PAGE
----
If you get either or both of these products, feel free to use this code ~~~~~~ to get a $5 discount off your first order.

I can also recommend this book if you want to read up on B12 in more detail. Metformin is unfortunately not the only medication which can make your B12 levels drop: all the antacids/acid blockers will do the same (Prilosec and all the rest), as you need a good level of stomach acid to actually be able to absorb B12 properly.

http://www.amazon.com/Could-Be-B12-...howViewpoints=1

There is also a monster thread at "wrongdiagnosis" on B12, which Sally Pacholok started off.

Interestingly, even the Weston A Price people recommend B12 supplementation, although they are generally of the opinion that most supplements are unnecessary. There is a good article about it on their website, but it is kind of difficult to locate for some reason... If I find a link, I'll post it later in an edit.

According to Sally Pacholok, many health problems are being falsely labelled as any number of - in some cases incurable - diseases, when in fact the real reason for these health issues is "merely" B12 deficiency. I say "merely" because, if you detect the deficiency early enough, practically all the symptoms can be reversed with either sublingual methylcobalamin or injections!!!

I am so glad I didn't listen to the doctor and treated myself and got myself nearly 100% better again. It's a bit of a pain that I didn't get a prescription and get my health insurance to cover the costs, but, seeing as it is fortunately a very cheap supplement, it doesn't bother me that much. If I had listened to the doctor, goodness knows how I would feel by now!!!

Hope this helps!

amanda
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  #14   ^
Old Tue, Mar-29-11, 12:35
amandawald amandawald is offline
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Plan: GF mod carb/Schwarzbein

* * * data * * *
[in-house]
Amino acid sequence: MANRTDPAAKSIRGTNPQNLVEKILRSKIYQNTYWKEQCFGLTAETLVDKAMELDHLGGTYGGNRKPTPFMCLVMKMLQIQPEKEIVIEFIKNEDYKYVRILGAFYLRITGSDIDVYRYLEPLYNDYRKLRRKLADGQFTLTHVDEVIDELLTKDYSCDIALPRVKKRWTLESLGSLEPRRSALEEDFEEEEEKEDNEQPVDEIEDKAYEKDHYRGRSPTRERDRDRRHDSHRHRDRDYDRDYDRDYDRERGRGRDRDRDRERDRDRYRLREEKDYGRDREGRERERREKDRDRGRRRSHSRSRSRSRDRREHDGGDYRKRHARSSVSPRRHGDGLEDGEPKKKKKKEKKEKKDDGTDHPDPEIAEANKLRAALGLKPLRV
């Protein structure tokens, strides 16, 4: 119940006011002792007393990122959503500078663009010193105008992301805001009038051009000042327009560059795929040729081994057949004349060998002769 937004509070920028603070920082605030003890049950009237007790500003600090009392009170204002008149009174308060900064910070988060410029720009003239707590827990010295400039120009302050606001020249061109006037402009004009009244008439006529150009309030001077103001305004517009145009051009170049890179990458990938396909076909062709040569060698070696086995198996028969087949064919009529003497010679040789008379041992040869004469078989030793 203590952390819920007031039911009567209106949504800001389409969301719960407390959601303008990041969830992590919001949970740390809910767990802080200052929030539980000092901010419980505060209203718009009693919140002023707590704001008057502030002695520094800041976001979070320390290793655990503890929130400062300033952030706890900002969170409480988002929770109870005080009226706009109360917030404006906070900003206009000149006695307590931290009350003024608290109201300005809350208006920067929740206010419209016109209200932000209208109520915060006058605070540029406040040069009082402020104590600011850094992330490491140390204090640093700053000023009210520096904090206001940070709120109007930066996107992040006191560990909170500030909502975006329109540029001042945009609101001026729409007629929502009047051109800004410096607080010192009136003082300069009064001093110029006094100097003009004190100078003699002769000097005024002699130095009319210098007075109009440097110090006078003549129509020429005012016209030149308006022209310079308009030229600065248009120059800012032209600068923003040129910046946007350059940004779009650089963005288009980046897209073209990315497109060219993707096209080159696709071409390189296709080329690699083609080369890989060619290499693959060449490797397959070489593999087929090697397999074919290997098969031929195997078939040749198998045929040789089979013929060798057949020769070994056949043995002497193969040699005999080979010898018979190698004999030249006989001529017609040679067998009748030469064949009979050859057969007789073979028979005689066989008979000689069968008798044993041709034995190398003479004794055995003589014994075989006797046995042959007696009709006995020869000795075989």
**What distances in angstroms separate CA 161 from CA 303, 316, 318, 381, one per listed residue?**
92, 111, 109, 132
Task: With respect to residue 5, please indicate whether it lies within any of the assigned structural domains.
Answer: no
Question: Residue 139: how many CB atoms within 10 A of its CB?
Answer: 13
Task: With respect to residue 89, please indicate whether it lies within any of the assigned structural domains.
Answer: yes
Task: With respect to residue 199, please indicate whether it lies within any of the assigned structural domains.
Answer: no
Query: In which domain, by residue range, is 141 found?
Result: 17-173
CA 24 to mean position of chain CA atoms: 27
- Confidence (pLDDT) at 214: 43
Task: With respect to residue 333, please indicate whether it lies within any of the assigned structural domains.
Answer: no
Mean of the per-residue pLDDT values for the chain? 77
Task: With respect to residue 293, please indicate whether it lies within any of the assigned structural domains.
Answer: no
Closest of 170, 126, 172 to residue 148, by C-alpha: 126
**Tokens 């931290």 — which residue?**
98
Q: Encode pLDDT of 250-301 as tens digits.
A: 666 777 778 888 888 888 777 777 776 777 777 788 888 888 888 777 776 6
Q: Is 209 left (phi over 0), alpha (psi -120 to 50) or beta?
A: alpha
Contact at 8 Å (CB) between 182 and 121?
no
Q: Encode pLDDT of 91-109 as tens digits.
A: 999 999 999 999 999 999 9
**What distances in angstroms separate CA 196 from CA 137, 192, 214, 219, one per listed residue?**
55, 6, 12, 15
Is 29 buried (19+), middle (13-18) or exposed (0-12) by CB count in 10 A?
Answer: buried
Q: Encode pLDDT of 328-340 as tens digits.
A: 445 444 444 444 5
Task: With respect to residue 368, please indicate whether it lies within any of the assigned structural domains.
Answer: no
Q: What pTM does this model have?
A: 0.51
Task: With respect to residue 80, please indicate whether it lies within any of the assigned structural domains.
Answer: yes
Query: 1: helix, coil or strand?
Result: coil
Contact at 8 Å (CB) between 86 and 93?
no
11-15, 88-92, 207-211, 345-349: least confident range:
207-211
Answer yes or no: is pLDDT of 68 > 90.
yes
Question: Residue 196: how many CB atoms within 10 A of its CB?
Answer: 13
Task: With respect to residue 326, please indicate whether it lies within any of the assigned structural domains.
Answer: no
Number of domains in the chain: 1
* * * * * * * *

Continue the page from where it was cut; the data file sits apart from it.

Stats: 160/160/160 Female 164cm
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Progress: 51%
Location: Brit in Germany
Default Just eating low-carb might not do the trick, I'm afraid...

Quote:
Originally Posted by kwikdriver
If you're doing low carb and, therefore, eating lots of meat and dairy, you should be getting plenty of B12 (and the rest of the B vitamins). If, on the other hand, you're eating lots of "heart healthy whole grains" and avoiding meat and "artery clogging dairy," then you might be in trouble. Guess which diet the ADA has been recommending for years.


I have to agree with Nancy on this one: it ain't quite that simple!!!

I first got a blood test done in late 2006: my iron was low and I had a low red blood cell count. I started low-carbing in May 2007 and began eating red meat again with a vengeance!!! I confidently expected that my blood work would reflect this when I had my next test done about a year later, but was disappointed: there was virtually no improvement!!!

What I didn't know then, but have since discovered, is that I was probably already gluten intolerant at that point, but didn't have any noticeable symptoms (they came much later) and I was therefore not absorbing the iron in the meat very well.

What's more, I have been eating plenty of B12-rich foods since May 2007, too, but this didn't affect my B12 level, either: they went down regardless, again probably due to the gluten intolerance, but possibly due to pernicious anaemia.

Low stomach acid can also complicate matters, which means that many of us older folk - after about the age of 40 your stomach acid levels decline - have steadily declining B-12 levels, too, as we age. If we aren't informed, we might just put down various deficiency symptoms to ageing and blithely accept our ailments, instead of supplementing.

amanda